Parts represent the content of the Che workbench, i.e. views and editors within the IDE. Che already provides various parts such as the project explorer, the output console, the build result view, file outline and the code editor. In this part of the tutorial, we describe how to implement a custom view and embed it into the Che IDE. Furthermore, we demonstrate how to open and hide views.

Sample plugins: IDE and IDE-Server Side.

Create a custom Part

Creating a part in Che consists of two four components, which are marked in grey in the diagram below. In this section, we provide a general overview, in the following sections, we describe the concrete implementation more in detail.

The central component is the implementation of the view itself (MyViewImpl). It will create all the UI widgets, which are shown within a part. MyViewImpl inherits from BaseView, a base implementation of common functionality for all views provided by Che. If the view needs to be accessed by other components, e.g. to set a selection, public methods should be extracted to an interface (MyView). To allow other components to get an instance of MyView, the interface is bound to the implementation within MyGinModule. See the section Dependency Injection Basics for more details about this. As mentioned before, the view implementation is responsible for the content of a view. The integration into the Che IDE, including configuring the tab (title, icon, etc.) is done by a part presenter (MyPartPresenter), which inherits from BasePresenter. Part presenter are called by Che or a custom action to interact with a part, e.g. to open it or to fill it with content. The part presenter forwards relevant calls to the implementation of a view (encapsulated by the interface).

parts

In the following sections, we describe the implementation of the mentioned components more in detail. As an example, we create a part displaying "Hello World" and define an action to open it.

Implementing a View

In this section, we describe the implementation of a simple "Hello World" view. The implementation is shown in the following listing. All views in Che inherit from org.eclipse.che.ide.api.parts.base.BaseView, which implements basic features for views embedded into the Che IDE. The super constructor requires the PartStackUIResources which we get injected as a parameter. Views in Che are implemented using GWT. Therefore, we can use any GWT widgets or framework capabilities to actually implement the views. In the following example, we simply create a label and set its text. To implement more complex views and use other GWT features, such as describing the UI using XML, please refer to the GWT project page.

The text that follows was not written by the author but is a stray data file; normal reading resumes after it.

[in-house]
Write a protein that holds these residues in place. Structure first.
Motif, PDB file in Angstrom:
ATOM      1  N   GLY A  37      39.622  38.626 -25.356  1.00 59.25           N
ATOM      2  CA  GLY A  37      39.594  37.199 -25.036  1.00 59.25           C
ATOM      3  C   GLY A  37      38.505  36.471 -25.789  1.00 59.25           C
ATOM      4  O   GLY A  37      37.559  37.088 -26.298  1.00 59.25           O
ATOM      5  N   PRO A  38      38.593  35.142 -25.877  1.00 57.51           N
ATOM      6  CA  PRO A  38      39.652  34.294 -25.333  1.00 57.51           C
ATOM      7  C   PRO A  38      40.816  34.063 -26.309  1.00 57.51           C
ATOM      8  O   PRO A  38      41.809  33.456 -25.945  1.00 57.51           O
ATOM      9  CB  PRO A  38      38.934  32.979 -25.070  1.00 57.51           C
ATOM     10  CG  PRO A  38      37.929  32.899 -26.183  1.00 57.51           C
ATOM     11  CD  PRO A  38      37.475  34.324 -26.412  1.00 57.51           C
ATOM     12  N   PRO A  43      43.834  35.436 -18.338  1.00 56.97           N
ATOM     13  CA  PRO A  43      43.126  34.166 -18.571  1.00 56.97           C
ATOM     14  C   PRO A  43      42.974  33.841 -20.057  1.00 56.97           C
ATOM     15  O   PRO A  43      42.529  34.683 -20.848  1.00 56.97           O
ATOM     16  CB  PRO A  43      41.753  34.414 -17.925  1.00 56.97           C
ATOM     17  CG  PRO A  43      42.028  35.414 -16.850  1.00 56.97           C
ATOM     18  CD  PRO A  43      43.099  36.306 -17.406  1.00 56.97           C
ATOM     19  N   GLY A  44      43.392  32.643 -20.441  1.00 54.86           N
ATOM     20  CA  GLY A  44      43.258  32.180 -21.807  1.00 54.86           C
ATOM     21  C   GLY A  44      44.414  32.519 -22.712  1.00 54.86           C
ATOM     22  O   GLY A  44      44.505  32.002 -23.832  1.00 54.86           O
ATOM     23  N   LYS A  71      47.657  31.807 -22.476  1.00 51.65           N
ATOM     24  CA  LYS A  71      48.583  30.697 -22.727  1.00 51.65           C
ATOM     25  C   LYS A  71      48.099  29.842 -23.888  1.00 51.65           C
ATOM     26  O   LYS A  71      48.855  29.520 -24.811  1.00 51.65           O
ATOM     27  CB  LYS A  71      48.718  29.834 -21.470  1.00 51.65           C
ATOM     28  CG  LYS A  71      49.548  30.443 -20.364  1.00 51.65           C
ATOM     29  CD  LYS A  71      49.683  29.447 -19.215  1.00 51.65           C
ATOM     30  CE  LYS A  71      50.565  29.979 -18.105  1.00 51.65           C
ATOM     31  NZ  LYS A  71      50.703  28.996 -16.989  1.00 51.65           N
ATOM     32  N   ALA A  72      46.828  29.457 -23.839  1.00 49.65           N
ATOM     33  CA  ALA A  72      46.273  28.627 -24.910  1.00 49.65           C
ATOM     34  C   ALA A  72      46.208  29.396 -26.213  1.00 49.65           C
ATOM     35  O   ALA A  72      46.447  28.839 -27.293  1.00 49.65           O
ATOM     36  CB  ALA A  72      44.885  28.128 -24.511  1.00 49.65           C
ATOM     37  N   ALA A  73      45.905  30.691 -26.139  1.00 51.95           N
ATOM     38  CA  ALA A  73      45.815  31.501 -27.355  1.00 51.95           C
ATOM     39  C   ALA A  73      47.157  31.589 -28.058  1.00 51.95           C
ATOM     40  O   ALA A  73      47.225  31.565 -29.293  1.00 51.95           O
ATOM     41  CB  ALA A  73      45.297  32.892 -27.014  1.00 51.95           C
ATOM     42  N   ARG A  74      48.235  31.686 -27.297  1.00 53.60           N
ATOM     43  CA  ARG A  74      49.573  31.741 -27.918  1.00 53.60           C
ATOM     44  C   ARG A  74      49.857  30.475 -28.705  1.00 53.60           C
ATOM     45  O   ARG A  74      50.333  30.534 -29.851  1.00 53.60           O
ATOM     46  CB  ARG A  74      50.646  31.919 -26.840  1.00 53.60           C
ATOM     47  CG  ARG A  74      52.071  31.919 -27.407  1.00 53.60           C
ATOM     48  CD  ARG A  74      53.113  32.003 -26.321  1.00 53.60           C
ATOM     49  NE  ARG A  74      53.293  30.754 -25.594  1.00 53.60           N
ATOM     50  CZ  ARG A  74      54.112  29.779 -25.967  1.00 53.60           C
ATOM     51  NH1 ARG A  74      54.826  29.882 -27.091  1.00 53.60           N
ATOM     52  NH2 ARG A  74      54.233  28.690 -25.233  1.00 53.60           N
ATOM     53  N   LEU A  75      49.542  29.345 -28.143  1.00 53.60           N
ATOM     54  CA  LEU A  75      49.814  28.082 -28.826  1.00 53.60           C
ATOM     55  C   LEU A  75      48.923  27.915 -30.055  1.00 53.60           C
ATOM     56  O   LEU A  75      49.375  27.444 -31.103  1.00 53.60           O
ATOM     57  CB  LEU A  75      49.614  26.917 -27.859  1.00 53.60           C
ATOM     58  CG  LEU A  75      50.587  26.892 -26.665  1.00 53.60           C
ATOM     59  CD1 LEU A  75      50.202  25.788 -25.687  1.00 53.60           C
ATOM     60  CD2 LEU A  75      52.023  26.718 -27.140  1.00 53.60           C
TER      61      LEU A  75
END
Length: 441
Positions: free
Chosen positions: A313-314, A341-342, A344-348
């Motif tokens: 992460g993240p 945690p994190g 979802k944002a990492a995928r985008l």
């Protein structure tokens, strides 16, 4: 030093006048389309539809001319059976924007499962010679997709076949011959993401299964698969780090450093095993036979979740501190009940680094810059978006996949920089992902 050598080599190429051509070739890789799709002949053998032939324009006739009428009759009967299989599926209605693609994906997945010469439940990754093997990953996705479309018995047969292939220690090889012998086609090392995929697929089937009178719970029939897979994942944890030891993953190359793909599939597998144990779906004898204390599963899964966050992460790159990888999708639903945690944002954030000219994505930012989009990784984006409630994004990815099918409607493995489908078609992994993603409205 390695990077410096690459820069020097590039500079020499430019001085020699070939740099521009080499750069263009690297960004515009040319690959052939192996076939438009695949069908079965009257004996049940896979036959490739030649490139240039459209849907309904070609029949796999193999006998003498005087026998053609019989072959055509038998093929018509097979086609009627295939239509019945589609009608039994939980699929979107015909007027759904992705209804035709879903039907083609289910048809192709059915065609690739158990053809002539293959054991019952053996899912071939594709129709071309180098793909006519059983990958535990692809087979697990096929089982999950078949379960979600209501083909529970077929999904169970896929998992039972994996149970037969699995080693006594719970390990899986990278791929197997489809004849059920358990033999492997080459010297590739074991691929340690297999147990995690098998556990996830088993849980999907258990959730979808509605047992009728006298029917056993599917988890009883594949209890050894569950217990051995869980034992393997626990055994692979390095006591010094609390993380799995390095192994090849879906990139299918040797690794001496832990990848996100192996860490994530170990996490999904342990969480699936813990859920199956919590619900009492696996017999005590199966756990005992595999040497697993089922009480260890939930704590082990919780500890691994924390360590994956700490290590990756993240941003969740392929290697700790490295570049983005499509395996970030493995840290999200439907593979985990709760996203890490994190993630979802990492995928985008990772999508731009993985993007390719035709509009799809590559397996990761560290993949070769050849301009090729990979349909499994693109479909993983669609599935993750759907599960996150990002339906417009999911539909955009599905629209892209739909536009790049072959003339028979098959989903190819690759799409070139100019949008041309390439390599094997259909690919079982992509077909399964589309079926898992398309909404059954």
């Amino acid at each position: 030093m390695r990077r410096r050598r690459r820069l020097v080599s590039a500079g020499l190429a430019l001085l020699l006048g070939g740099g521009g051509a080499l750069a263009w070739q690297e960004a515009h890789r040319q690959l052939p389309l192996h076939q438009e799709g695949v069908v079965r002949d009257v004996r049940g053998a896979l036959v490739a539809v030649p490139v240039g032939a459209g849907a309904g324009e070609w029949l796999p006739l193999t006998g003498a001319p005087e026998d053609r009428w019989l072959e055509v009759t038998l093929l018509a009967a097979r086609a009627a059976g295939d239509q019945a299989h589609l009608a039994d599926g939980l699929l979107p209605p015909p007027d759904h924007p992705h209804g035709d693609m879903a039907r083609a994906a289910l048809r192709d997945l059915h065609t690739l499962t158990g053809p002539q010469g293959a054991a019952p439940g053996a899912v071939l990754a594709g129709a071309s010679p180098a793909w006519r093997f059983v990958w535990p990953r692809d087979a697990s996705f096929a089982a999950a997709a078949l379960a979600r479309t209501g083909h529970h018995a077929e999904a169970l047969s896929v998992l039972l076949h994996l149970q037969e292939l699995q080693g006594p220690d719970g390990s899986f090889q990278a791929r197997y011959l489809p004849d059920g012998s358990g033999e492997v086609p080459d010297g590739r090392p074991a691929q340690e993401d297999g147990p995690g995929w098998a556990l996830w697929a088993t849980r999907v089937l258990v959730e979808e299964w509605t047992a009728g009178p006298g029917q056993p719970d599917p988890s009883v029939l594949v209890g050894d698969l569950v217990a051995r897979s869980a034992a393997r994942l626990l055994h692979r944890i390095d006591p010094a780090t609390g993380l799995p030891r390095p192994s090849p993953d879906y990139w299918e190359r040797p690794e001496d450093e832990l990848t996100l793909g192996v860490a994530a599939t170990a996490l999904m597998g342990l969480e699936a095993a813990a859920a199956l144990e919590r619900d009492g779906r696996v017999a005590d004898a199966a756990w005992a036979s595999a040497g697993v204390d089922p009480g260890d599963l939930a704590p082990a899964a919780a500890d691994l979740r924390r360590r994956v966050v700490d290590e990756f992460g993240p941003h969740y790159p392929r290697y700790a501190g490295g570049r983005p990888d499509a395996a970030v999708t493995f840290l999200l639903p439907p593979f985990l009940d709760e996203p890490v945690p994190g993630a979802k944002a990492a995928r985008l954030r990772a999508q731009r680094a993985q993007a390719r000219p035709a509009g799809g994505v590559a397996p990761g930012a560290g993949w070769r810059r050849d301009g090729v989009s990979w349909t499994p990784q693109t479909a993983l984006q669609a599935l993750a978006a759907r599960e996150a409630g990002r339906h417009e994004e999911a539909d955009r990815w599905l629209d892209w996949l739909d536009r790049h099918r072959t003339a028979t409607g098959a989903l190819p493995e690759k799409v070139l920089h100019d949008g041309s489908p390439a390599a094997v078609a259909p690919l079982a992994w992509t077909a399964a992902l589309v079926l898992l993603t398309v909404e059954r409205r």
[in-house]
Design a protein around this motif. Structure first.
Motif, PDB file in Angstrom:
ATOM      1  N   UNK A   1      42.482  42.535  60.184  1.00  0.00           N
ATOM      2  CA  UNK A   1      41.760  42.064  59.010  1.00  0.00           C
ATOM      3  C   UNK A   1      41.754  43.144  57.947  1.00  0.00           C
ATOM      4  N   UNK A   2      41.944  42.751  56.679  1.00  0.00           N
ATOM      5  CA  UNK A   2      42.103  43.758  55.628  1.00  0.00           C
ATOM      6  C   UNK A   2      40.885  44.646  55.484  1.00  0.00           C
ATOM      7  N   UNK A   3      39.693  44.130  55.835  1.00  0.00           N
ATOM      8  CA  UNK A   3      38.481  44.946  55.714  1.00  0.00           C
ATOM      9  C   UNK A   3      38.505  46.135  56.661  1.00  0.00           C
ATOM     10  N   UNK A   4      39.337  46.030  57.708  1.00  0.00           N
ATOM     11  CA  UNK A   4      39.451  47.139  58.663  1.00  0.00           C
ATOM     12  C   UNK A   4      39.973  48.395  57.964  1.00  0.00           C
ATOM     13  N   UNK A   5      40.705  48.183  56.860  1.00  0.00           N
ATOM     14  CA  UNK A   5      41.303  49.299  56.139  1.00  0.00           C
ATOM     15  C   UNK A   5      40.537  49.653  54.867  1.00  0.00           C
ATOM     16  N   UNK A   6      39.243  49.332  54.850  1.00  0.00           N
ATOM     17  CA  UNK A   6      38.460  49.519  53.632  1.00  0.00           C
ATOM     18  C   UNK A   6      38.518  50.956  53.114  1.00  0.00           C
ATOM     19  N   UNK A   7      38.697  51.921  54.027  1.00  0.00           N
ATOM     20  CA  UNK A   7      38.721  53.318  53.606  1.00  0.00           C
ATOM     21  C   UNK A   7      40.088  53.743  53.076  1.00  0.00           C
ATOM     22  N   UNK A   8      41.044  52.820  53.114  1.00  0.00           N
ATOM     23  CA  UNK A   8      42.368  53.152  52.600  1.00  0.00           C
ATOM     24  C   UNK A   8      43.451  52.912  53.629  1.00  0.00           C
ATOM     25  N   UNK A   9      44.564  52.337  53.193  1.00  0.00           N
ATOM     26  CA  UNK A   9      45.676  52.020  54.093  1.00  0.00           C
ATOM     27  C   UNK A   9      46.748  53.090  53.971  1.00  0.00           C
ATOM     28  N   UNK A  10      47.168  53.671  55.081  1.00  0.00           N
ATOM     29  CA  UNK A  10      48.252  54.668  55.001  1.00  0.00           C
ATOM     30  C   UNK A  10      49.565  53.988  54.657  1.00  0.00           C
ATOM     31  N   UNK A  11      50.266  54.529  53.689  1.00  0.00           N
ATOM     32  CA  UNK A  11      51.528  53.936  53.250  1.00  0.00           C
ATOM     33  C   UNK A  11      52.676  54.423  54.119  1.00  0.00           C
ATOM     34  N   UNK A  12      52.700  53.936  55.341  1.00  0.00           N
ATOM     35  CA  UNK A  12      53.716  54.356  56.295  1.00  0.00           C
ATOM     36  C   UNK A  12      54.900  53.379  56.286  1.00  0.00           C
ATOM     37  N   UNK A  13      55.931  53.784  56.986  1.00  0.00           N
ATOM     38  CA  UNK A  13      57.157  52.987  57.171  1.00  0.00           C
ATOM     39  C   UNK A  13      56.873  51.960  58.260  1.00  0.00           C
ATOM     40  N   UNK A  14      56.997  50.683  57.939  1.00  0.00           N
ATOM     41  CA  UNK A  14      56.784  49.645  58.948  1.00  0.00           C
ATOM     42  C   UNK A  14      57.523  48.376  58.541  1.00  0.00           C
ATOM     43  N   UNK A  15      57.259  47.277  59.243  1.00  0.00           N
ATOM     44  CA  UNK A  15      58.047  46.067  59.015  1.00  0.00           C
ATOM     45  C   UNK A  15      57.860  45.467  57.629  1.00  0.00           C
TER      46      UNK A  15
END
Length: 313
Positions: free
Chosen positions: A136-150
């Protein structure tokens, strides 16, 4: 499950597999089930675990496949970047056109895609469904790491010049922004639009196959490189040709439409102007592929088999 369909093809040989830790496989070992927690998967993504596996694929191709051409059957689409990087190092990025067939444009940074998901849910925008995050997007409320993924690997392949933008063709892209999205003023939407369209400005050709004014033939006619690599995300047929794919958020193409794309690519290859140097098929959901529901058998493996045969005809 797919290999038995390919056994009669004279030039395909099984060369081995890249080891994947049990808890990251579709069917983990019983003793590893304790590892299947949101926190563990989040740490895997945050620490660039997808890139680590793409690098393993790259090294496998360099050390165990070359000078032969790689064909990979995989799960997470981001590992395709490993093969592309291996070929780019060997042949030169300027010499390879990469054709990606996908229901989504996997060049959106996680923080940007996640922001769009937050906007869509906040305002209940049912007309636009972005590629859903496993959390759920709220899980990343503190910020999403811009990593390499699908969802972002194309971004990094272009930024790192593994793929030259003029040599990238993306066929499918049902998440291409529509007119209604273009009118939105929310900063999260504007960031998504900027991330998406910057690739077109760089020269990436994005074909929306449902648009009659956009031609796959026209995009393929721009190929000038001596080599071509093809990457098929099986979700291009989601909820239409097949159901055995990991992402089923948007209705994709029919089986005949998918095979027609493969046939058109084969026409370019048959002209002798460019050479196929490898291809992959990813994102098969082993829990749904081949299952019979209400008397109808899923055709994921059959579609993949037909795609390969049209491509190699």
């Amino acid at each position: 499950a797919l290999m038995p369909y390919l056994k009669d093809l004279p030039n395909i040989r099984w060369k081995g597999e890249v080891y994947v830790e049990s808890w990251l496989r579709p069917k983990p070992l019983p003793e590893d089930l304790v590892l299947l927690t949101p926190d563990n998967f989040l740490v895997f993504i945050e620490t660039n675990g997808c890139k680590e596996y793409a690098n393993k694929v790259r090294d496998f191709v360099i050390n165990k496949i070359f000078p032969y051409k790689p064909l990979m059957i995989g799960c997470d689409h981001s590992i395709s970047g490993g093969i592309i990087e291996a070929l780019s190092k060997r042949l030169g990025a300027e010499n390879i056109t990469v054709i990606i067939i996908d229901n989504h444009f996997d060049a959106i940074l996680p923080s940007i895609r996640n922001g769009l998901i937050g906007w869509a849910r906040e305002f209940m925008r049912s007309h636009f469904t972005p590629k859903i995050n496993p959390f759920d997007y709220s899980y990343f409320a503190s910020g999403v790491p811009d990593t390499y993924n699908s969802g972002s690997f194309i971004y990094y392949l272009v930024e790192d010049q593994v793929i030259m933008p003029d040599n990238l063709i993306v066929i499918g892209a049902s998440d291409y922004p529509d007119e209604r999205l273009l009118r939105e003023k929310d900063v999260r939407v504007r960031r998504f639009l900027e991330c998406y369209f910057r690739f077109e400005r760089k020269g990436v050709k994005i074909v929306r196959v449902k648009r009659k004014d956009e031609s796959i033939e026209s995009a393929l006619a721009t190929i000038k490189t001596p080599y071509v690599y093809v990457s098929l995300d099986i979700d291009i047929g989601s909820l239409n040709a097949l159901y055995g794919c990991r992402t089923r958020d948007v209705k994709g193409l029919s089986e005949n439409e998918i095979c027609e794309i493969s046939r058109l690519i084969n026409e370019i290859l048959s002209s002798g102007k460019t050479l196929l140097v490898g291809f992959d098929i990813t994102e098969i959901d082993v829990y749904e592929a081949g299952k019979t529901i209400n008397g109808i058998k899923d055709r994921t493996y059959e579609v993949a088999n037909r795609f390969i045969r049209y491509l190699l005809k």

In the last line of the example, we call the method #setContenWidget of the base class to specifiy the root widget to be shown in the view. In our case, this is the Label, if you create a more complex layout of widgets, this would be the root container of the view.

package org.eclipse.che.plugin.parts.ide.helloworldview;

import com.google.gwt.usder.client.ui.Label;
import com.google.inject.Inject;
import com.google.inject.Singleton;
import org.eclipse.che.ide.api.parts.PartStackUIResources;
import org.eclipse.che.ide.api.parts.base.BaseView;

public class HelloWorldViewImpl extends BaseView<HelloWorldView.ActionDelegate> implements HelloWorldView {

    @Inject
    public HelloWorldViewImpl(PartStackUIResources resources){
        super(resources);
        Label label = new Label("Hello World");
        setContentWidget(label);
    }

}

As mentioned in the introduction of this section, an explicit interface should defined, when implementing a view, encapsulating all interaction with other components (see following listing). Therefore, the interface contains all methods, which shall be accessible by other components. In the following example, the interface defines a method #setVisible to allow controlling the visibility of the view. This method is already implemented by BaseView so we do not need to implement it in HelloWorldViewImpl. If you need to provide any other methods for a view, e.g. to pass in some input parameters to be shown, you should extend the view interface accordingly.

Following the GWT pattern, the view interface also defines an ActionDelegate. This interface can be implemented by components, which want to listen to events triggered with the view, e.g. a button click. Our `HelloWorldView`is currently not triggering any actions, so the interface is empty.

package org.eclipse.che.plugin.parts.ide.helloworldview;

import org.eclipse.che.ide.api.mvp.View;
import org.eclipse.che.ide.api.parts.base.BaseActionDelegate;

public interface HelloWorldView extends View<HelloWorldView.ActionDelegate> {


    void setVisible(boolean visible);

    interface ActionDelegate extends BaseActionDelegate {

    }
}

Finally, we have to make our view available for other components, using dependency injection. This is done in MyGinModule, which can contain other bindings, too. Please see the section Dependency Injection Basics for more details about this binding.

package org.eclipse.che.plugin.parts.ide.inject;

import com.google.gwt.inject.client.AbstractGinModule;
import org.eclipse.che.ide.api.extension.ExtensionGinModule;
import org.eclipse.che.plugin.parts.ide.helloworldview.HelloWorldView;
import org.eclipse.che.plugin.parts.ide.helloworldview.HelloWorldViewImpl;

@ExtensionGinModule
public class MyGinModule extends AbstractGinModule {

    @Override
    protected void configure() {
        bind(HelloWorldView.class).to(HelloWorldViewImpl.class);
    }

}